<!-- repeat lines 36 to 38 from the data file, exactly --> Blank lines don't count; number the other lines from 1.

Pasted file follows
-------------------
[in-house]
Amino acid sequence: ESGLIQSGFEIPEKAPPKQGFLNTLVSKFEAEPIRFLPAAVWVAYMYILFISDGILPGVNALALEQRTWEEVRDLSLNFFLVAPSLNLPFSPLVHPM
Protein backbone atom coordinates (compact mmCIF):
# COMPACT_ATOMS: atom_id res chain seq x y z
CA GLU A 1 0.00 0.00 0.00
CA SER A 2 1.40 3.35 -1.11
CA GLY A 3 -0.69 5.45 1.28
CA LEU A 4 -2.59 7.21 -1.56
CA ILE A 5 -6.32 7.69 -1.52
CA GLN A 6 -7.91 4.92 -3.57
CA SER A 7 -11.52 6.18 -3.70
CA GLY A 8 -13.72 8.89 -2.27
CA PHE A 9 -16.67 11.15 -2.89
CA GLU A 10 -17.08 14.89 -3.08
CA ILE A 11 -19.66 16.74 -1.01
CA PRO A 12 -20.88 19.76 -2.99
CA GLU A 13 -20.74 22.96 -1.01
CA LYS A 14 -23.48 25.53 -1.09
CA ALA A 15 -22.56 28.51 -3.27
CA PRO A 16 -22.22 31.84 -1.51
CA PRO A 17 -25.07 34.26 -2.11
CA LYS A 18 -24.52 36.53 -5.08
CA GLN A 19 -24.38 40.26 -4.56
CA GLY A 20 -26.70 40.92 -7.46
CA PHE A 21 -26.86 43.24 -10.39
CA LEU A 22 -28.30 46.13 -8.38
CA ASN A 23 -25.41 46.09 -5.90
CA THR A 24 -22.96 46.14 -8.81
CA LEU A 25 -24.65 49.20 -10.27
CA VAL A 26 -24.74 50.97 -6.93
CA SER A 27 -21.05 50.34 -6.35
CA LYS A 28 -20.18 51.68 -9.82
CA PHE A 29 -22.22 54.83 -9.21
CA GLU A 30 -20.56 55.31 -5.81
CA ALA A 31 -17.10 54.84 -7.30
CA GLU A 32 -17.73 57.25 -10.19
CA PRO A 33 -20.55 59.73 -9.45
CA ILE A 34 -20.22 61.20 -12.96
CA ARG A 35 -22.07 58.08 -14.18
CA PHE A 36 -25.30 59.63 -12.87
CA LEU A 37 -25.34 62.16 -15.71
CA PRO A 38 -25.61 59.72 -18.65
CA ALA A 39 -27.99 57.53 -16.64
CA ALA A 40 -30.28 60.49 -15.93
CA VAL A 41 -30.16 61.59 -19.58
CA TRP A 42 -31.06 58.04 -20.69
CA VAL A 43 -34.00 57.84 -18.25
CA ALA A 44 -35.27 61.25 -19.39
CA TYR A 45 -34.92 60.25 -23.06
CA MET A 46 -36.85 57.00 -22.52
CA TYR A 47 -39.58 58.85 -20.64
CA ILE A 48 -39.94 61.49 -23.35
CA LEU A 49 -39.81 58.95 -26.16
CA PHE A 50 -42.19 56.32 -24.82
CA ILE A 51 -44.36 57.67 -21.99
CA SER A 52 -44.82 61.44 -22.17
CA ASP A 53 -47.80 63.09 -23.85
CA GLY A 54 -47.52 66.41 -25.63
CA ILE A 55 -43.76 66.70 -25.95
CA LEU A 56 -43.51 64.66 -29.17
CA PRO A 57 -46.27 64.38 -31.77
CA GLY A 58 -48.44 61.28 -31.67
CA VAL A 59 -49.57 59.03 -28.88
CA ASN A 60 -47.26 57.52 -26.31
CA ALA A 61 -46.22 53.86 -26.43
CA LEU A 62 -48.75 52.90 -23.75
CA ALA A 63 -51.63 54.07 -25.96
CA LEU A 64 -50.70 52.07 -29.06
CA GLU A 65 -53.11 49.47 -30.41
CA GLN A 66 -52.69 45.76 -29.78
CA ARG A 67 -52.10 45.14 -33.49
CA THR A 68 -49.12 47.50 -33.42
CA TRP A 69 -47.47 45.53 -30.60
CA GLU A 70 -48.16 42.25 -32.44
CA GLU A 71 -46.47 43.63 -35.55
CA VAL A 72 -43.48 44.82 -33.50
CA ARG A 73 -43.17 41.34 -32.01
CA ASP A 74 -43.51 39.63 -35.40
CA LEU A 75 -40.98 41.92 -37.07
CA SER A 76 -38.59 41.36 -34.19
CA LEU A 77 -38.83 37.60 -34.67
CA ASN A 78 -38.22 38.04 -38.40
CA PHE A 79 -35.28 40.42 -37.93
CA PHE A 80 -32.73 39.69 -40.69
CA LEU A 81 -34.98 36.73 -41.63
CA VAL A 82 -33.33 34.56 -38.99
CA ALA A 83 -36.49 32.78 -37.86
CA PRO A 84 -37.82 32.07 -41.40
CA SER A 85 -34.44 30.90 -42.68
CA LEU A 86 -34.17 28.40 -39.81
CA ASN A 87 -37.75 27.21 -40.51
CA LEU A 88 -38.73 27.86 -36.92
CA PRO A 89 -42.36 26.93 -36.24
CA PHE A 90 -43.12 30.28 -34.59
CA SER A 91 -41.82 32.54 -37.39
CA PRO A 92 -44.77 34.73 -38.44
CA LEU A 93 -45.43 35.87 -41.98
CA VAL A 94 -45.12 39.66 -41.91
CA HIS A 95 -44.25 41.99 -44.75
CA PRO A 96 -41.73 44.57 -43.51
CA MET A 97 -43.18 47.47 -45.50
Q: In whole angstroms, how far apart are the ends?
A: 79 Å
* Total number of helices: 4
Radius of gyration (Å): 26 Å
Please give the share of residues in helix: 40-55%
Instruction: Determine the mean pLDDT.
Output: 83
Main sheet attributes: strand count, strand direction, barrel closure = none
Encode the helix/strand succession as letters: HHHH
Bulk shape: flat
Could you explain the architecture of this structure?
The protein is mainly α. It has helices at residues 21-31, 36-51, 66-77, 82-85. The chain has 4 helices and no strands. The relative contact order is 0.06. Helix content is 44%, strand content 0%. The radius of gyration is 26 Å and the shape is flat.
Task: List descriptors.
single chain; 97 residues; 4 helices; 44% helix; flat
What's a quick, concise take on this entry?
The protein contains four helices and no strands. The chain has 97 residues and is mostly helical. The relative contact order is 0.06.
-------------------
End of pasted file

CA GLU A 32 -17.73 57.25 -10.19
CA PRO A 33 -20.55 59.73 -9.45
CA ILE A 34 -20.22 61.20 -12.96